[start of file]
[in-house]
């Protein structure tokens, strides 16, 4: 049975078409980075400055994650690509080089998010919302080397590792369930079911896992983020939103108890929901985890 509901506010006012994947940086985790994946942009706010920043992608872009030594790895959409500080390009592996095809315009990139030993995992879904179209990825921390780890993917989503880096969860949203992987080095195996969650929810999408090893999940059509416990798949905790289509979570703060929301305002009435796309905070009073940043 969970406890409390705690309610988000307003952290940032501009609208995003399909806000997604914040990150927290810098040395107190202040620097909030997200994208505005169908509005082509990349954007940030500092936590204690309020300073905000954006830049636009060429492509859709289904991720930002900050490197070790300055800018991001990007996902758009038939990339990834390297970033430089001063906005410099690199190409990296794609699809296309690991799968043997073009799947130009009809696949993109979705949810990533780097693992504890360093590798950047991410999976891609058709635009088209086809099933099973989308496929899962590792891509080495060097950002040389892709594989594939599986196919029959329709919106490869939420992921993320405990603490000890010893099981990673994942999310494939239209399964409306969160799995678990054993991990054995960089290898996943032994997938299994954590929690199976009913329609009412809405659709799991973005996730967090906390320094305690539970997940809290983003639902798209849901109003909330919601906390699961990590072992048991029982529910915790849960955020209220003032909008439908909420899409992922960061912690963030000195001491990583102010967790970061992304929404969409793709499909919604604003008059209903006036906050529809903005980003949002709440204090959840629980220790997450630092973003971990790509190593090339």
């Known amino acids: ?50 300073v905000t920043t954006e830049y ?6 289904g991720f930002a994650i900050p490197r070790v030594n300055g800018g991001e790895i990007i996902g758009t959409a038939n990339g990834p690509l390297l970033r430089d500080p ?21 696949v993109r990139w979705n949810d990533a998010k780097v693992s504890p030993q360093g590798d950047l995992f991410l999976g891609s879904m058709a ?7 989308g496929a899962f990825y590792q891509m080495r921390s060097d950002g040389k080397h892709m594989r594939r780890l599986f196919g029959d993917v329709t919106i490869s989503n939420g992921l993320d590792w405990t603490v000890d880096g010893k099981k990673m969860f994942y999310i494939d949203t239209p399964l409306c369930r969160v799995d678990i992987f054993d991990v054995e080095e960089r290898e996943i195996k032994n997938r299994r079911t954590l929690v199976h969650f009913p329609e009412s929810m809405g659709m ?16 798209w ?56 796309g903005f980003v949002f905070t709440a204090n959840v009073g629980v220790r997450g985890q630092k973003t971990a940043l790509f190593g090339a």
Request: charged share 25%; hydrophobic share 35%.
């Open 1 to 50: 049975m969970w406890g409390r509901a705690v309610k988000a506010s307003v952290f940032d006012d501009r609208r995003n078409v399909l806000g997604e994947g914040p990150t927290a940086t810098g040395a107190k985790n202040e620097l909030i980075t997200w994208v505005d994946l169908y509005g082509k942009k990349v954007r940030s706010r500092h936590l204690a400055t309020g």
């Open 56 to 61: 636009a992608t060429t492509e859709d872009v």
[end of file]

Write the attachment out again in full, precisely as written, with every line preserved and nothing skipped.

[in-house]
């Protein structure tokens, strides 16, 4: 049975078409980075400055994650690509080089998010919302080397590792369930079911896992983020939103108890929901985890 509901506010006012994947940086985790994946942009706010920043992608872009030594790895959409500080390009592996095809315009990139030993995992879904179209990825921390780890993917989503880096969860949203992987080095195996969650929810999408090893999940059509416990798949905790289509979570703060929301305002009435796309905070009073940043 969970406890409390705690309610988000307003952290940032501009609208995003399909806000997604914040990150927290810098040395107190202040620097909030997200994208505005169908509005082509990349954007940030500092936590204690309020300073905000954006830049636009060429492509859709289904991720930002900050490197070790300055800018991001990007996902758009038939990339990834390297970033430089001063906005410099690199190409990296794609699809296309690991799968043997073009799947130009009809696949993109979705949810990533780097693992504890360093590798950047991410999976891609058709635009088209086809099933099973989308496929899962590792891509080495060097950002040389892709594989594939599986196919029959329709919106490869939420992921993320405990603490000890010893099981990673994942999310494939239209399964409306969160799995678990054993991990054995960089290898996943032994997938299994954590929690199976009913329609009412809405659709799991973005996730967090906390320094305690539970997940809290983003639902798209849901109003909330919601906390699961990590072992048991029982529910915790849960955020209220003032909008439908909420899409992922960061912690963030000195001491990583102010967790970061992304929404969409793709499909919604604003008059209903006036906050529809903005980003949002709440204090959840629980220790997450630092973003971990790509190593090339």
């Known amino acids: ?50 300073v905000t920043t954006e830049y ?6 289904g991720f930002a994650i900050p490197r070790v030594n300055g800018g991001e790895i990007i996902g758009t959409a038939n990339g990834p690509l390297l970033r430089d500080p ?21 696949v993109r990139w979705n949810d990533a998010k780097v693992s504890p030993q360093g590798d950047l995992f991410l999976g891609s879904m058709a ?7 989308g496929a899962f990825y590792q891509m080495r921390s060097d950002g040389k080397h892709m594989r594939r780890l599986f196919g029959d993917v329709t919106i490869s989503n939420g992921l993320d590792w405990t603490v000890d880096g010893k099981k990673m969860f994942y999310i494939d949203t239209p399964l409306c369930r969160v799995d678990i992987f054993d991990v054995e080095e960089r290898e996943i195996k032994n997938r299994r079911t954590l929690v199976h969650f009913p329609e009412s929810m809405g659709m ?16 798209w ?56 796309g903005f980003v949002f905070t709440a204090n959840v009073g629980v220790r997450g985890q630092k973003t971990a940043l790509f190593g090339a």
Request: charged share 25%; hydrophobic share 35%.
């Open 1 to 50: 049975m969970w406890g409390r509901a705690v309610k988000a506010s307003v952290f940032d006012d501009r609208r995003n078409v399909l806000g997604e994947g914040p990150t927290a940086t810098g040395a107190k985790n202040e620097l909030i980075t997200w994208v505005d994946l169908y509005g082509k942009k990349v954007r940030s706010r500092h936590l204690a400055t309020g």
């Open 56 to 61: 636009a992608t060429t492509e859709d872009v």